Simple homemade whipped cream is so easy, has only 3 ingredients (maximum) to make and doesn't require any tools but a bowl and whisk. It's perfect for topping pies, ice cream, strawberry shortcakes and so many other desserts. This post will tell you all you need to know on how to make whipped cream by hand.
How to Make Whipped Cream by Hand
If you've been lucky enough to try homemade whipped cream, you'll know it's worlds away from anything that comes from a can. Whipped cream can add elegance to a dessert, or help balance one, like a pie with a lot of acidic fruit such as berries. There are two types of whipped cream the I use to accompany pies or other desserts: a simple whipped cream with or without added sugar and a stabilized whipped cream that is meant to last more than a few hours. This post will cover a simple 3-ingredient whipped cream that requires only a bowl and a whisk to make.
Here's what you need:
- Heavy cream or heavy whipping cream: either one will work! This is the only essential ingredient to this recipe. The other two are optional.
- Vanilla extract: A little bit of vanilla extract really does make a huge difference in the flavor of the whipped cream. A little goes a long way here!
- Granulated Sugar: Adding sugar to whipped cream is totally optional. Per 1 cup of cream, I'd only add at most 2 tablespoons for a slightly sweetened cream. Most of the time, I don't add any as usually the desserts you are adding whipped cream to are already sweet enough. Whipped cream should be a contrast to whatever the dessert is, so unsweetened whipped cream is preferable. If I do add it, I'll only ever use granulated white sugar. I feel very strongly that adding powdered sugar to whipped cream changes the texture and mouth feel in a very undesirable way. If I need a stabilized whipped cream I'll take a different route.
How to Whip Cream By Hand
Many recipes call for the chilling of the bowl or whisk, for fear that the cream will be too warm and "won't whip up". I've been making whipped cream, using all sorts of different methods in all different locations and seasons for so many years: I've never had cream not whip up. I find this step unnecessary. However, you do want to start with cold cream!
- Pour cream in a large bowl. Add sugar and vanilla if using. If you are worried about the granulated sugar not dissolving you can let it sit for a few minutes and then gently whisk to encourage it to dissolve into the cream.
- With a whisk, preferably a large one, start whipping the cream.
- Continue to whisk until soft to medium peaks have formed.
What are medium peaks?
Soft peaks are when you pick up the whisk and the whipped cream softly falls down, and eventually falls off the whisk in a heap. Medium peaks are when the you pick up the whisk and the whipped cream holds a peak but just barely stays on the whisk without falling.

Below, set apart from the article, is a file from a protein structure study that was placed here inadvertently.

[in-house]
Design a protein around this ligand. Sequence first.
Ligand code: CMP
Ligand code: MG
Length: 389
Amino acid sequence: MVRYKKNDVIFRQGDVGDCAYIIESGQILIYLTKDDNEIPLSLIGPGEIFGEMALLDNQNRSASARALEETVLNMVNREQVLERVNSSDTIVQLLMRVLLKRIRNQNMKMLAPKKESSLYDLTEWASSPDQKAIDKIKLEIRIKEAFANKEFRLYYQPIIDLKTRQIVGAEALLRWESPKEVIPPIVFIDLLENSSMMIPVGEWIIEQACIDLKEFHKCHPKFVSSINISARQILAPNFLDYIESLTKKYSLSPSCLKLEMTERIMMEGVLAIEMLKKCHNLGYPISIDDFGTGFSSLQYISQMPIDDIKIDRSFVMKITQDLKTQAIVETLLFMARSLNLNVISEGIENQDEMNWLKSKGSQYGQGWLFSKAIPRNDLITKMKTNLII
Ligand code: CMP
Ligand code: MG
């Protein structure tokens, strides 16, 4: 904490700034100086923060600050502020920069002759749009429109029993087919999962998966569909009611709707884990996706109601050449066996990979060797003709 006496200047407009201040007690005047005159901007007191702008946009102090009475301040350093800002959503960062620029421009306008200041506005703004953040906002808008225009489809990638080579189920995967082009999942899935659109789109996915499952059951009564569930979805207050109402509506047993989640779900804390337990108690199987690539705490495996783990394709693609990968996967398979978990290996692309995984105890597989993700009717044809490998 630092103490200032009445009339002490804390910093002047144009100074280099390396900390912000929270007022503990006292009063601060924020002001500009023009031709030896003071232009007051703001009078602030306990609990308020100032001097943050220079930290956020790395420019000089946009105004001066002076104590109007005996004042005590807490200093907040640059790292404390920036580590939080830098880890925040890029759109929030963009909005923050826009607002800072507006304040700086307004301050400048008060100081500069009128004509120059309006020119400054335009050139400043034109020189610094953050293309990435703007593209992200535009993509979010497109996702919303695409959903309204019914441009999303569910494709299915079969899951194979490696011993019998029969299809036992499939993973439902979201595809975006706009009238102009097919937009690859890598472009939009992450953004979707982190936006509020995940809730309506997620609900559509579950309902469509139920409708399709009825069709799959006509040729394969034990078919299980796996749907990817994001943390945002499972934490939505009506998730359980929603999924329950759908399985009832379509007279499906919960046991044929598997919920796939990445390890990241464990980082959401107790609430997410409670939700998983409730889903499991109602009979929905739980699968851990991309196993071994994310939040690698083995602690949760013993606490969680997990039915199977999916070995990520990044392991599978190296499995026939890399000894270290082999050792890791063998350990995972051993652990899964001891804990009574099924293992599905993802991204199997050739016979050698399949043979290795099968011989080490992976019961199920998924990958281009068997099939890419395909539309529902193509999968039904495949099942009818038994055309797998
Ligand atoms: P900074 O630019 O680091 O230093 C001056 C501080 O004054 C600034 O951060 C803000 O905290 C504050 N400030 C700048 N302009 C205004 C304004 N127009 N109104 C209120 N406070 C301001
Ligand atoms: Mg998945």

Tips for Making Fresh Whipped Cream
- Big whisks work quicker! Honestly any whisk will work, heck I've even whipped cream with a fork before, but a balloon whisk will work the quickest. A balloon whisk looks like a bulb and makes quick work out of whipped cream.
- Keep your arm by the side of your body and only move your wrist. Remind me to tell you about the time I was being trained by my Chef mentor and he thought it a good lesson for me to whisk two different types of meringues and a large batch of whipped cream all by hand, at once--I was whisking for almost 40 minutes. Keeping your arm by your side prevents muscle burn out from happening because a simple movement of the wrist while whipping will not make you tired. The photo above this illustrates how this is done.
- A bigger bowl makes it easier: A bigger bowl means you can make bigger moves with the whisk, making whipped cream come together quicker.
- Don't over whip the cream: Just don't do it. Over whipped cream has a similar texture to whipped cream made with powdered sugar. It coats your mouth and is just all around unpleasant. Soft or medium whipped cream is the perfect consistency and improves any dessert it's added to.
- Use the whipped cream immediately. It's not meant for storage. Though see below for a bit more information about this.
How to Store Whipped Cream
Simply put: you don't. This whipped cream is meant to be used almost immediately. While it can last for a few hours, depending on the temperature of the environment it is in, it might weep, or lose some of the hold and exert liquid. If that does happen, you can rewhip it.
However, you can freeze whipped cream! I know most people think you can't freeze stand alone dairy like milk, but I think the air incorporated into the cream helps stabilize it in the freezer. You can store leftover whipped cream in the freezer, or you can pipe or dollop out portions to individually freeze for future use. It needs to thaw for about 10-15 minutes before it will become soft again. So you could freeze a small portion, top a dessert and then it'll be ready in about 15!
These pies are great to serve with whipped cream:
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